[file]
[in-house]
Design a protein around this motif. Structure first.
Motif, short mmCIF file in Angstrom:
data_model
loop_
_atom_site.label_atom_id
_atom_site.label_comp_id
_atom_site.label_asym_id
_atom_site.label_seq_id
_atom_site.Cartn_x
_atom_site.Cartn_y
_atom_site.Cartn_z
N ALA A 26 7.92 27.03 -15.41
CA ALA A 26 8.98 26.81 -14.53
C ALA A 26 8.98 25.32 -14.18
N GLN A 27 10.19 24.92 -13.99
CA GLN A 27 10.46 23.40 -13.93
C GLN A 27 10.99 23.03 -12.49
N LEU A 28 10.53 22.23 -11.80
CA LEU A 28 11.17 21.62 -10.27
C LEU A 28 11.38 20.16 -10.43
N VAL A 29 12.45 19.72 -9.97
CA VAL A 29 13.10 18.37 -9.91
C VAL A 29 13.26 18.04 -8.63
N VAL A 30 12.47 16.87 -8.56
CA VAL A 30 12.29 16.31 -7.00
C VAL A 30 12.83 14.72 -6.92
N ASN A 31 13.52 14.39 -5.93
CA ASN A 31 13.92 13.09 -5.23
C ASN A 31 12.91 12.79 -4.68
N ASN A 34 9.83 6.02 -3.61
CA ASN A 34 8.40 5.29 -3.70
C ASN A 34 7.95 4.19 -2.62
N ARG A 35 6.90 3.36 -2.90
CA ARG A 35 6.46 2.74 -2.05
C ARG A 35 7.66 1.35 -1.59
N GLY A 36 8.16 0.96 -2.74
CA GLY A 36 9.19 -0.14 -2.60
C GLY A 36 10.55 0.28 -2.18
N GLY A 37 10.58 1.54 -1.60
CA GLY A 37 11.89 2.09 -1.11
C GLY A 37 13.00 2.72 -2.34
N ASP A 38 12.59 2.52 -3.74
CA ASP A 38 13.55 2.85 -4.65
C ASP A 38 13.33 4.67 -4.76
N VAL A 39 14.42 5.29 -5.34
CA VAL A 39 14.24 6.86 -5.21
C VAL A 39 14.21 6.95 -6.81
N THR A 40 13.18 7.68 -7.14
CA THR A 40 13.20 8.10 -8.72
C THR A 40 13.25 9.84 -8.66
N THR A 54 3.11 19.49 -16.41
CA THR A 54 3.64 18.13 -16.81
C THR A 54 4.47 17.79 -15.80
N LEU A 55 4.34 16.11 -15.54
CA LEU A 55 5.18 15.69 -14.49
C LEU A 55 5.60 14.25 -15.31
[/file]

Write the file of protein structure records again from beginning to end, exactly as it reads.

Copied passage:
[in-house]
Design a protein around this motif. Structure first.
Motif, short mmCIF file in Angstrom:
data_model
loop_
_atom_site.label_atom_id
_atom_site.label_comp_id
_atom_site.label_asym_id
_atom_site.label_seq_id
_atom_site.Cartn_x
_atom_site.Cartn_y
_atom_site.Cartn_z
N ALA A 26 7.92 27.03 -15.41
CA ALA A 26 8.98 26.81 -14.53
C ALA A 26 8.98 25.32 -14.18
N GLN A 27 10.19 24.92 -13.99
CA GLN A 27 10.46 23.40 -13.93
C GLN A 27 10.99 23.03 -12.49
N LEU A 28 10.53 22.23 -11.80
CA LEU A 28 11.17 21.62 -10.27
C LEU A 28 11.38 20.16 -10.43
N VAL A 29 12.45 19.72 -9.97
CA VAL A 29 13.10 18.37 -9.91
C VAL A 29 13.26 18.04 -8.63
N VAL A 30 12.47 16.87 -8.56
CA VAL A 30 12.29 16.31 -7.00
C VAL A 30 12.83 14.72 -6.92
N ASN A 31 13.52 14.39 -5.93
CA ASN A 31 13.92 13.09 -5.23
C ASN A 31 12.91 12.79 -4.68
N ASN A 34 9.83 6.02 -3.61
CA ASN A 34 8.40 5.29 -3.70
C ASN A 34 7.95 4.19 -2.62
N ARG A 35 6.90 3.36 -2.90
CA ARG A 35 6.46 2.74 -2.05
C ARG A 35 7.66 1.35 -1.59
N GLY A 36 8.16 0.96 -2.74
CA GLY A 36 9.19 -0.14 -2.60
C GLY A 36 10.55 0.28 -2.18
N GLY A 37 10.58 1.54 -1.60
CA GLY A 37 11.89 2.09 -1.11
C GLY A 37 13.00 2.72 -2.34
N ASP A 38 12.59 2.52 -3.74
CA ASP A 38 13.55 2.85 -4.65
C ASP A 38 13.33 4.67 -4.76
N VAL A 39 14.42 5.29 -5.34
CA VAL A 39 14.24 6.86 -5.21
C VAL A 39 14.21 6.95 -6.81
N THR A 40 13.18 7.68 -7.14
CA THR A 40 13.20 8.10 -8.72
C THR A 40 13.25 9.84 -8.66
N THR A 54 3.11 19.49 -16.41
CA THR A 54 3.64 18.13 -16.81
C THR A 54 4.47 17.79 -15.80
N LEU A 55 4.34 16.11 -15.54
CA LEU A 55 5.18 15.69 -14.49
C LEU A 55 5.60 14.25 -15.31